Daniel Andrews says the coronavirus pandemic has exposed how harmful Australia’s reliance on poorly-paid casual workers is for the country.
The Victorian Premier said workplaces were the biggest hotspots in virus-plagued Melbourne as he announced 459 new cases and 10 more deaths.
Desperate casual staff, already hard-hit by lockdowns and a devastated economy, are under pressure to work while potentially infectious just to put food on the table.
Mr Andrews pleaded with Victorians to stay home from work and get tested if they had symptoms, and not come back until they were cleared.
Daniel Andrews says the coronavirus pandemic has exposed how harmful Australia’s reliance on poorly-paid casual workers is for the country (stock image)
But many casual workers, or even full time staff with no sick leave left, don’t get paid if they call in sick and thus felt forced to show up anyway.
They also feared reprisals from their bosses who may believe their symptoms are too mild to warrant taking the day off.
Mr Andrews said bosses who didn’t help employees do the right thing, no matter how mild their illness, would have to deal with him personally.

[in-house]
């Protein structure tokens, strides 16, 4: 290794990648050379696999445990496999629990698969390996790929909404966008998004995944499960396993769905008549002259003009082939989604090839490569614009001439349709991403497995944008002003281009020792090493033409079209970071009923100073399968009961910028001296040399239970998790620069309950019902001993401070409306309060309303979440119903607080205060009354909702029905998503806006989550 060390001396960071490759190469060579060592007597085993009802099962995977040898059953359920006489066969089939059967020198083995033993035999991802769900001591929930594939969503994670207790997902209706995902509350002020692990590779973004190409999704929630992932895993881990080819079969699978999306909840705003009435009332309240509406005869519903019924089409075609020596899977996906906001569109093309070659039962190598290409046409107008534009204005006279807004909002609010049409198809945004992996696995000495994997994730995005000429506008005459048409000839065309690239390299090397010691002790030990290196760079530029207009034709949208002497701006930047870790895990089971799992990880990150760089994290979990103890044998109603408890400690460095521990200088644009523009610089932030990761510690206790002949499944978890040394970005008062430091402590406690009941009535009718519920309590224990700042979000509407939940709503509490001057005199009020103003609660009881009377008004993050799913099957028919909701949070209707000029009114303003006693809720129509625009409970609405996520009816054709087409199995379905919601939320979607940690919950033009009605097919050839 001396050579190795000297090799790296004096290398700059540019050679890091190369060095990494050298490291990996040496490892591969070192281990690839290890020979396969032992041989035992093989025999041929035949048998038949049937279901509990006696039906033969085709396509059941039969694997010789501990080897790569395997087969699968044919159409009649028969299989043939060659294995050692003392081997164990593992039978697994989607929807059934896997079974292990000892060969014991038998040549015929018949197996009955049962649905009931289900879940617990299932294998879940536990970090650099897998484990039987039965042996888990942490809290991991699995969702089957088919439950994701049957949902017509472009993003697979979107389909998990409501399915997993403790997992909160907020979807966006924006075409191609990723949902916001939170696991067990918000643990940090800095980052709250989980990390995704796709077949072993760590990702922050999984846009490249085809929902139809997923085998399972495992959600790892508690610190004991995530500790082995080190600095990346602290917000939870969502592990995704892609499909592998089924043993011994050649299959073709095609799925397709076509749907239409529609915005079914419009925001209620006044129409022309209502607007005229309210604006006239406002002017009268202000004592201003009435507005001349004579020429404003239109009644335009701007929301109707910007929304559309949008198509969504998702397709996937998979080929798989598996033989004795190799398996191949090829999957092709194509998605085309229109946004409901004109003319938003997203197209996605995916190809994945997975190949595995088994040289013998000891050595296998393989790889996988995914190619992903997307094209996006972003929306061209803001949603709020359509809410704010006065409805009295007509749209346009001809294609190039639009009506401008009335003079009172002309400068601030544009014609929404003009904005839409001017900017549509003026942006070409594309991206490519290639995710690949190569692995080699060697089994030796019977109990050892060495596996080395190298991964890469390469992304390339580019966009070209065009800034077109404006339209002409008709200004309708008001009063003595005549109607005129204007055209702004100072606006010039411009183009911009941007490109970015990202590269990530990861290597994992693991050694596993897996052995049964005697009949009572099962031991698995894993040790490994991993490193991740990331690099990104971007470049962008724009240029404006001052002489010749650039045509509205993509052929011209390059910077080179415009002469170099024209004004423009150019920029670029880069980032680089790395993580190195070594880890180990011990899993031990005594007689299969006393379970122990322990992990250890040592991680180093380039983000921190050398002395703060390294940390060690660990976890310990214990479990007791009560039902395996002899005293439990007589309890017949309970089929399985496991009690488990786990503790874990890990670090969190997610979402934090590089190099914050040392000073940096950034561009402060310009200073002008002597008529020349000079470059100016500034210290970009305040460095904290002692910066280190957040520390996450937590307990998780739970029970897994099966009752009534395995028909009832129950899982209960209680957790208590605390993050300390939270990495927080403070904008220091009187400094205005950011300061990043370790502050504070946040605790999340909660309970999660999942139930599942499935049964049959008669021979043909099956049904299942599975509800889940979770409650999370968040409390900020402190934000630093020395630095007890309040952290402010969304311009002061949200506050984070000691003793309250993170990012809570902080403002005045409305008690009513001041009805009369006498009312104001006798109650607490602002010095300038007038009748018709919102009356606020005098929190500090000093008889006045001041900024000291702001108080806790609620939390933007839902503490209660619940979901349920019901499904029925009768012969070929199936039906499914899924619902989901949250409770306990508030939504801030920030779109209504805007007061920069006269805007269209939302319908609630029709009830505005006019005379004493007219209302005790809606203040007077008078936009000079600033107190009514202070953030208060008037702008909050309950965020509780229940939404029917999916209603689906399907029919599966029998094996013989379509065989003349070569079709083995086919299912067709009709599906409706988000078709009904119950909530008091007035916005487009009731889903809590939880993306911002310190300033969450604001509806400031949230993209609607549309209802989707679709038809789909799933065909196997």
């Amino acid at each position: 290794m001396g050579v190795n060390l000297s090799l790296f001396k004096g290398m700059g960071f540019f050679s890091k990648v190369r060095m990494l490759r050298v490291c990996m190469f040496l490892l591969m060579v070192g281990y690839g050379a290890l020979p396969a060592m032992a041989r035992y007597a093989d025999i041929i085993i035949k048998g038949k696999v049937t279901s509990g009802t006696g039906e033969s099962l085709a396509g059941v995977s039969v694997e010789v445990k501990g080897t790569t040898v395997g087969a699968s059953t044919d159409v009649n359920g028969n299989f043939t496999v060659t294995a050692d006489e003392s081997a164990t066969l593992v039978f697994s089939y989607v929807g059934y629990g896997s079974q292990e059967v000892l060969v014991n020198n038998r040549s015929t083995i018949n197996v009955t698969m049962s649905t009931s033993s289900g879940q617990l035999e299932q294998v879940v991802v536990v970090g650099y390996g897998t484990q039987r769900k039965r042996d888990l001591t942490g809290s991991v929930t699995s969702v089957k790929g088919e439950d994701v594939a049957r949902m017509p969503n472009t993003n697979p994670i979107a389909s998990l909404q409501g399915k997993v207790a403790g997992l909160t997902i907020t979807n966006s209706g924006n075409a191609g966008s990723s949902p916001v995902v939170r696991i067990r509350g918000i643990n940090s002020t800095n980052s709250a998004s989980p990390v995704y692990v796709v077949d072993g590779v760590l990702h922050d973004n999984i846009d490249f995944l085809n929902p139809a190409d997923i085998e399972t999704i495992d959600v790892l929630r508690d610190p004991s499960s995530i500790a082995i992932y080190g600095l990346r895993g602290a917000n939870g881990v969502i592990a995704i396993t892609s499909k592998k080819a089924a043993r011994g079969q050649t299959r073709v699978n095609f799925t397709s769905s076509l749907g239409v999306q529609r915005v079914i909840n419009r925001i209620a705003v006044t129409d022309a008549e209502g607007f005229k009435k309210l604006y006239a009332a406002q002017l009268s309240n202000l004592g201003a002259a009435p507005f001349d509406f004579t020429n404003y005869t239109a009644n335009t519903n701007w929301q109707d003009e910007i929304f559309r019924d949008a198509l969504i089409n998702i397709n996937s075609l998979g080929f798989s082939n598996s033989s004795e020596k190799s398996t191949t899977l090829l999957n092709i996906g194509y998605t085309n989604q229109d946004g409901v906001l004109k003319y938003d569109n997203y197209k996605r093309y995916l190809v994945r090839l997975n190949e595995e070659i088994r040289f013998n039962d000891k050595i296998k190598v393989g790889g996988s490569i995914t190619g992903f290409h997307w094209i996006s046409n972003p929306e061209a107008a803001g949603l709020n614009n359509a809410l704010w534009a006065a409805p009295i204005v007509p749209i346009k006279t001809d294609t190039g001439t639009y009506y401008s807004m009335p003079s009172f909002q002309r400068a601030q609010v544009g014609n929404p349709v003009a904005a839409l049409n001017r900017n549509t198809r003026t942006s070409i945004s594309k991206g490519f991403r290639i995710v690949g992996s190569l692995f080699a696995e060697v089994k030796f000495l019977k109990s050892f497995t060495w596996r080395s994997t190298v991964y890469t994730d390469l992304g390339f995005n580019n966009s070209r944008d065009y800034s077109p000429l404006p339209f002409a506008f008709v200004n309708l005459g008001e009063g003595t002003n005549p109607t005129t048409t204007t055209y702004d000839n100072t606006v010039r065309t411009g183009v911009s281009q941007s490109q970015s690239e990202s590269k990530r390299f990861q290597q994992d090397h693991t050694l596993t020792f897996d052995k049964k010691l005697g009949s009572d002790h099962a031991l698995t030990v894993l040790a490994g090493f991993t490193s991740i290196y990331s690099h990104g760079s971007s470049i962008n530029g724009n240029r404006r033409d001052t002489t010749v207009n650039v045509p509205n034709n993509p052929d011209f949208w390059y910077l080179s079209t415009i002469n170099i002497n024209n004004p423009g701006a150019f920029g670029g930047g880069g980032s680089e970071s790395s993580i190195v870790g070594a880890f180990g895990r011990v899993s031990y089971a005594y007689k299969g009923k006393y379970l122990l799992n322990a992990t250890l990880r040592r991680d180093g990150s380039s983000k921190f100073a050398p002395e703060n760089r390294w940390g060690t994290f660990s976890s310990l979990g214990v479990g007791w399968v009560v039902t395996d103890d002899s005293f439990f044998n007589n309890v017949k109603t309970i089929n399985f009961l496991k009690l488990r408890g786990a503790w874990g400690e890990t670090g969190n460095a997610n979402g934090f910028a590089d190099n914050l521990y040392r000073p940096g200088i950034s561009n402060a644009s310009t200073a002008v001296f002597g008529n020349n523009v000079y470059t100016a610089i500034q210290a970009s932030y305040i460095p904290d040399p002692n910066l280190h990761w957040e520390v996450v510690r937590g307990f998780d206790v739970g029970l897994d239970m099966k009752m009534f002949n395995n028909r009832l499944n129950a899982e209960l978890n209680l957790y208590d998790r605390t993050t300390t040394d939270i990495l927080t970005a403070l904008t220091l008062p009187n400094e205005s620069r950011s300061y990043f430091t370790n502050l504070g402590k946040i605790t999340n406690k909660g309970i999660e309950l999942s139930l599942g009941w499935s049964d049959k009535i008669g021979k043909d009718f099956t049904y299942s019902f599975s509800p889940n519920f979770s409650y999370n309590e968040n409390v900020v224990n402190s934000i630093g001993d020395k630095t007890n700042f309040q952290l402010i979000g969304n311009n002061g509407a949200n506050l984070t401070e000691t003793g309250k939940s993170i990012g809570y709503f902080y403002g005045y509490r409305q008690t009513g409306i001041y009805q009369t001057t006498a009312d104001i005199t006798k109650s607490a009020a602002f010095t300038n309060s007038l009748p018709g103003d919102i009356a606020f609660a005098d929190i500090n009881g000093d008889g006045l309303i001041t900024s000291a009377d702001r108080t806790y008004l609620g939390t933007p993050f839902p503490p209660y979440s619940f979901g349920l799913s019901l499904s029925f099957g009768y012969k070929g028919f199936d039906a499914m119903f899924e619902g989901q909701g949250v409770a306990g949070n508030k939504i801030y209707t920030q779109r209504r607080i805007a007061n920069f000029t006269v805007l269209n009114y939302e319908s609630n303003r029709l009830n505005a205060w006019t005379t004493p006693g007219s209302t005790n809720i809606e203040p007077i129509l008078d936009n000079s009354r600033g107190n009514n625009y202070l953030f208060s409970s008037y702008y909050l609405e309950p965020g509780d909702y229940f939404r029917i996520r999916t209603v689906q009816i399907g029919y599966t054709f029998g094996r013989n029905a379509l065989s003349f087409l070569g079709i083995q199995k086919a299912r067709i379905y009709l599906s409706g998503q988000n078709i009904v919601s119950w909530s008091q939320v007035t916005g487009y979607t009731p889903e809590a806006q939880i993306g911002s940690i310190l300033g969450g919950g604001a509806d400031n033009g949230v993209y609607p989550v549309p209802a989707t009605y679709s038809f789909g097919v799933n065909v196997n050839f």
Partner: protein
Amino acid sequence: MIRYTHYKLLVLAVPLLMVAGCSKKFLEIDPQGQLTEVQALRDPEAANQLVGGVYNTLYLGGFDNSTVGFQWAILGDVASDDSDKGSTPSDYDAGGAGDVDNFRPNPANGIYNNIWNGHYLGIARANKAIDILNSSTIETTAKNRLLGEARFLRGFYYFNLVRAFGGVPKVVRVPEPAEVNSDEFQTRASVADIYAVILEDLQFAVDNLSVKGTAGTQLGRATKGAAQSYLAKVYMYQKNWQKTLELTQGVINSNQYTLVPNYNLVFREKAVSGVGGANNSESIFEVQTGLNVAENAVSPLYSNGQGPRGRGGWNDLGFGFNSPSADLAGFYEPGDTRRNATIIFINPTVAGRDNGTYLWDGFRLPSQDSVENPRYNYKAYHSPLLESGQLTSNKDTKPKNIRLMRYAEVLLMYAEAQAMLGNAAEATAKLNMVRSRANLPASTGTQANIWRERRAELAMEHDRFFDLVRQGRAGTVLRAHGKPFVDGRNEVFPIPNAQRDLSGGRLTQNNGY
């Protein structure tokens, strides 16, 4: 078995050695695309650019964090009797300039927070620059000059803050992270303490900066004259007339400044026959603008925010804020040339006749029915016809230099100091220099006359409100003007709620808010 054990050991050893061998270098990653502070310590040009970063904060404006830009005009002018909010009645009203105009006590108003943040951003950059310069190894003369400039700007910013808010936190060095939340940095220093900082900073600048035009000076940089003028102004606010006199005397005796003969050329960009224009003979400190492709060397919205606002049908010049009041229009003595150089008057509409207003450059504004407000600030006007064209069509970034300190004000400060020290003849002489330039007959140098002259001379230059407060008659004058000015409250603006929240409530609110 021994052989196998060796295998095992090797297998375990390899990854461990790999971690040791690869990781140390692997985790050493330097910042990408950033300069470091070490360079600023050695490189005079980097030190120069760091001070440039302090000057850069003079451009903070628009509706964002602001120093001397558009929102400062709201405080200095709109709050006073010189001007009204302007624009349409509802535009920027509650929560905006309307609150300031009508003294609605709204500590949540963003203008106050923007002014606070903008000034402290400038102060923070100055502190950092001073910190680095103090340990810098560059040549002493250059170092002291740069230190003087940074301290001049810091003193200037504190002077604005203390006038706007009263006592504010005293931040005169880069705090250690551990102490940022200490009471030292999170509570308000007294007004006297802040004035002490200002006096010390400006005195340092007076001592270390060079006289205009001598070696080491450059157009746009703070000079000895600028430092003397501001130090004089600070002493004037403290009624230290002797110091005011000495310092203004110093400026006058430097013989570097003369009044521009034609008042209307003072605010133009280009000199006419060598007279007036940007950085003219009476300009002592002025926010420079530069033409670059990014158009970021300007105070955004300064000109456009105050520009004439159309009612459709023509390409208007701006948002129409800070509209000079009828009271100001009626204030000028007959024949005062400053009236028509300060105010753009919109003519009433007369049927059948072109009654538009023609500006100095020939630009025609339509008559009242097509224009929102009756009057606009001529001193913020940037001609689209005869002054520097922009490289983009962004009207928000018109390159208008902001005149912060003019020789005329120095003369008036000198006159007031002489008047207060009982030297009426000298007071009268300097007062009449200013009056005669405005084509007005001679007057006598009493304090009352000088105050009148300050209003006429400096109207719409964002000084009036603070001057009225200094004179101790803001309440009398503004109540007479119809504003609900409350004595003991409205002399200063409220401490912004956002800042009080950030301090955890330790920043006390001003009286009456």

‘If you have any examples of any employer who is making decisions against the interests of anybody who is doing the right thing, I’m more than happy to follow that up,’ he said on Sunday.
‘Because anyone not going to work because of symptoms, or because they’re waiting for a test result, is actually doing the best of work.
‘They are protecting their workmates, they’re protecting all of us.’
However, Mr Andrews said the pandemic also revealed insecure work was a serious problem Australia would have to reckon with after the crisis was over.
‘I think we’ve been far more focused on the pandemic than a much bigger issue which is a structural weakness in our economy that has been very graphically exposed,’ he said.
Victoria had 459 new coronavirus cases (pictured) on Sunday after clusters in aged care facilities continue to grow and at least 313 health workers have been infected
Many casual workers, or even full time staff with no sick leave left, don’t get paid if they call in sick and thus felt forced to show up anyway